Flu’s Fine Line
What does it take to protect the American public?
The swine flu that swept the world this spring posed challenges to the public sector that find remarkable precedent in a similar outbreak of the disease 33 years ago.
Then, as now, the president and his advisers were treading a fine line between shirking their public health duties and administering an unneeded and potentially harmful regimen to the American public. The U.S. government's reaction to the outbreak of swine flu among Army trainees at Fort Dix, N.J., was far from perfect. We will see whether mistakes made then are repeated this year.
A detailed review of government's overwrought reaction to the January 1976 outbreak was commissioned by Secretary of Health, Education and Welfare Joseph A. Califano Jr. Two Harvard professors, historian Richard E. Neustadt and public health specialist Harvey V. Fineberg, interviewed all the key players and wrote a 189-page report titled "The Swine Flu Affair: Decision-Making on a Slippery Slope." This classic case study was published in 1978.
Swine flu had not been seen in humans since the 1920s. In 1976, as now, fears arose of a pandemic that might rival the worldwide killer of 1918. Prodded by ambitious science bureaucrats wanting to set new preventive medicine precedents, President Gerald Ford got behind a program to inoculate every American with a quickly produced swine flu vaccine. Forty million people were given shots between Oct. 1 and Dec. 16, 1976-twice the number ever before reached by flu vaccination programs. Then it appeared that the shots might have caused a small number of people to contract debilitating Guillain-Barré syndrome. Ford, who had led the way by bringing in television cameras to witness his own inoculation, abruptly canceled the program. Swine flu had not, in fact, spread as had been feared.
A key episode in the affair came when Center for Disease Control Director David J. Sencer drafted an action memorandum saying a pandemic was a "strong possibility, probability unknown." This memo, which was leakable at will, forced the hand of his superiors. Decisions thereafter came too quickly, without pause for adequate reflection, write the study's authors. For public health, a terrible consequence was CDC's loss of credibility, for as the authors say, this important agency could "be surely tagged as crying 'wolf' " the next time it attempted another massive exercise in preventive medicine. Sencer lost his job over the episode. And the government eventually paid more than $90 million to people who said the vaccine caused neurological problems.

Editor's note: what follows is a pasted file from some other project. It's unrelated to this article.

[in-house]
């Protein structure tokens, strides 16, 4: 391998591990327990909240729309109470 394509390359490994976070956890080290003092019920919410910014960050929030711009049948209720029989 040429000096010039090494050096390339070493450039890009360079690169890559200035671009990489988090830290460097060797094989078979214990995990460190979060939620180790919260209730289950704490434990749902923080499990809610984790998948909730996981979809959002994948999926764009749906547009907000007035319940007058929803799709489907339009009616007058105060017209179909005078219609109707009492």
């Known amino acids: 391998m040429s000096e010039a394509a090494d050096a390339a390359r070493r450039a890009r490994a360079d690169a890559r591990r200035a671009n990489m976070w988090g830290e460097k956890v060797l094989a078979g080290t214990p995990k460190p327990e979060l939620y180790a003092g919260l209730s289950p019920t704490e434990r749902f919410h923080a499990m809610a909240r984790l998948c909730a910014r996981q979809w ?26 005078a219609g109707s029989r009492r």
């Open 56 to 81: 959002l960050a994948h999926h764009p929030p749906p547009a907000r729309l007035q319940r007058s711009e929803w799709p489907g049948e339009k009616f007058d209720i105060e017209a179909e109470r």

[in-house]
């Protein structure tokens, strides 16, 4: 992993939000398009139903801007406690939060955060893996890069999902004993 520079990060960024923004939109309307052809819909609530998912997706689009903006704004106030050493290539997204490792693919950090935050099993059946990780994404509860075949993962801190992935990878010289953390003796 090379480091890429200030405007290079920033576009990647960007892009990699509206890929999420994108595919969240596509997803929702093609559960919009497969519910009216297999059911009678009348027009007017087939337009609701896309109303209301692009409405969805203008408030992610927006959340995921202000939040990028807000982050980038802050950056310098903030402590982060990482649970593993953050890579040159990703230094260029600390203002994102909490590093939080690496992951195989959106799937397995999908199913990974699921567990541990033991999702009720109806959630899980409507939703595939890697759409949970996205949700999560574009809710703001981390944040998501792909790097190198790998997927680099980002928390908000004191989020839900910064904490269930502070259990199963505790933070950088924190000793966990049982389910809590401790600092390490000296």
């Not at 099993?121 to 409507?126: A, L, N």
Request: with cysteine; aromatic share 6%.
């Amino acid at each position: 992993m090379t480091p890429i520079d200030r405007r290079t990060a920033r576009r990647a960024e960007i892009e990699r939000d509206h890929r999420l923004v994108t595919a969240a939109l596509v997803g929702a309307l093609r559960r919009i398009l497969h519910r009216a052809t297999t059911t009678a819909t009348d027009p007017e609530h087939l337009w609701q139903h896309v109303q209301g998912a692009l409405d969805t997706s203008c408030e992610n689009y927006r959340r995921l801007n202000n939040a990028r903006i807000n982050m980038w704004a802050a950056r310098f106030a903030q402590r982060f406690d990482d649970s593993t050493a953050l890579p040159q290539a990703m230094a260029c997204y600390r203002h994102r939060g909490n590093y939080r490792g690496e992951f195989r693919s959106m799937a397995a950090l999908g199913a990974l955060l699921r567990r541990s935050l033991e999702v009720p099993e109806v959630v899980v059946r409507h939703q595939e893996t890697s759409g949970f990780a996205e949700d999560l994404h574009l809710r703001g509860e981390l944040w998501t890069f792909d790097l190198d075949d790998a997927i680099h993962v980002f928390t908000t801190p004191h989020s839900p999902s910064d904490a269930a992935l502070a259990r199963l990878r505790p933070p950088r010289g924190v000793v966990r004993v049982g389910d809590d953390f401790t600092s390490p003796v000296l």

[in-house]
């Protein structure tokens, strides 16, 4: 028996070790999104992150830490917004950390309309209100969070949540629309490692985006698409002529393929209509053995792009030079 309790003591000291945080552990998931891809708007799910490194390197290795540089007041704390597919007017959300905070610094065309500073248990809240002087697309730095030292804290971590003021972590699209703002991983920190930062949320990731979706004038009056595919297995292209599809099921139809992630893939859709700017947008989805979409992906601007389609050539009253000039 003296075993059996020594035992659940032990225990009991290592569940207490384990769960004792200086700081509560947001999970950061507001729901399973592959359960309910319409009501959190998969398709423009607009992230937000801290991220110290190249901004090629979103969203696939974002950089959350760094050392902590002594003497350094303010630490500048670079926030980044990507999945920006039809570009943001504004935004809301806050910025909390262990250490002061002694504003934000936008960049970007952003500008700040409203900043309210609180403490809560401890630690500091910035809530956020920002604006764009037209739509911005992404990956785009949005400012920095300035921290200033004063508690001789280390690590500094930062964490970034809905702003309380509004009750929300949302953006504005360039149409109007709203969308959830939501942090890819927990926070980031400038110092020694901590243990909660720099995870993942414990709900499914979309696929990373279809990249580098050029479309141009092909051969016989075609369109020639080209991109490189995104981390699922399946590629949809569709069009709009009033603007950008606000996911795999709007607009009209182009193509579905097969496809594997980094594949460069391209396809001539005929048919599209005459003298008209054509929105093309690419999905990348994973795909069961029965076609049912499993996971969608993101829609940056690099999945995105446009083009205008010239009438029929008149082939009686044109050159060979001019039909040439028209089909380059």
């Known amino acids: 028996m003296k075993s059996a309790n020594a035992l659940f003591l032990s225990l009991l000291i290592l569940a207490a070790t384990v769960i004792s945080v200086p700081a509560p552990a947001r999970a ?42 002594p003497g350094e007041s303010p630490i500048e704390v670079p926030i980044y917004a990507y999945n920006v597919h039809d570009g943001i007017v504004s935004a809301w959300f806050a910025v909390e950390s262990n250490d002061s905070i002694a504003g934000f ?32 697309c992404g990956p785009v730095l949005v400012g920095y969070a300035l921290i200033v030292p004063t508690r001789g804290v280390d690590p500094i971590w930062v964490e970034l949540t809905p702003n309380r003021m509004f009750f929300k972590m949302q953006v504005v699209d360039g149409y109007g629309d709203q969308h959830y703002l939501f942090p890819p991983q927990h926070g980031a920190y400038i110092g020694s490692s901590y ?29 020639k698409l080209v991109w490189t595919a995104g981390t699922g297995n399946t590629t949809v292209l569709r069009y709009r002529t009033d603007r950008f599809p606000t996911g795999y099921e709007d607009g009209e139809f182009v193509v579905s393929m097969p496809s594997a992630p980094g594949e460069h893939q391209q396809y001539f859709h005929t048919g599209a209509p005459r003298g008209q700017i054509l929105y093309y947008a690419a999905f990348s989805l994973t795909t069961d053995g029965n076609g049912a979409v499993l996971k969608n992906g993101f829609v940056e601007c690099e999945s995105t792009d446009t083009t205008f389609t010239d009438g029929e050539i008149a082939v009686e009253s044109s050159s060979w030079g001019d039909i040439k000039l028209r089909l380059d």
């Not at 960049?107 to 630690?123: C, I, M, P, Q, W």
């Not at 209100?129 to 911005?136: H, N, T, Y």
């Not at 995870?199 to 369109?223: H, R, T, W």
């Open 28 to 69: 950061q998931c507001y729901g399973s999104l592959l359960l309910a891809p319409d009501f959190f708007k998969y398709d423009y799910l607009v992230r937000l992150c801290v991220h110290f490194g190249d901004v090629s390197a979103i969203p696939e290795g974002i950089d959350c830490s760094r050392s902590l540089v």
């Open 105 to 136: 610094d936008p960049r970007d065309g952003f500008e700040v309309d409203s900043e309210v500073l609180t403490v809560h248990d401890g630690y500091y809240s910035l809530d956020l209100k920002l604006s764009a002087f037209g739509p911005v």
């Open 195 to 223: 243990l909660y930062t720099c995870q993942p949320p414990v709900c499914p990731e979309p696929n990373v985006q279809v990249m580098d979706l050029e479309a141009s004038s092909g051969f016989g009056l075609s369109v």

Government officials of the day displayed little understanding of the power of television journalism. Of course, media hype has multiplied tenfold since 1976, when cable gabbers and the Internet were not even on the scene. For weeks this spring, it was swine flu 24 hours a day on cable; and the prospect of a sweeping pandemic has captured the rest of the media as well.
The Obama administration has benefited from the interagency effort that produced the National Strategy for Pandemic Influenza Implementation Plan, published in 2005. If officials haven't always put out a consistent message this spring, missteps have been corrected quickly. And use of new media has been impressive: a downloadable widget at HHS.gov provides links to CDC, pandemicFlu.gov, and the World Health Organization and the White House in early May rushed to launch pages on Facebook and MySpace and a Twitter feed to help meet the demand for information.
But the story is not over. Today, health experts, worried that swine flu will make an aggressive comeback this fall, are urging President Obama's incoming public health team to learn the lessons of the 1970s episode. For Obama may yet be confronted more gravely with what Califano called "the enormous difficulty that a lay official has in fulfilling his responsibility to make sound, balanced judgments about scientifically based public health issues."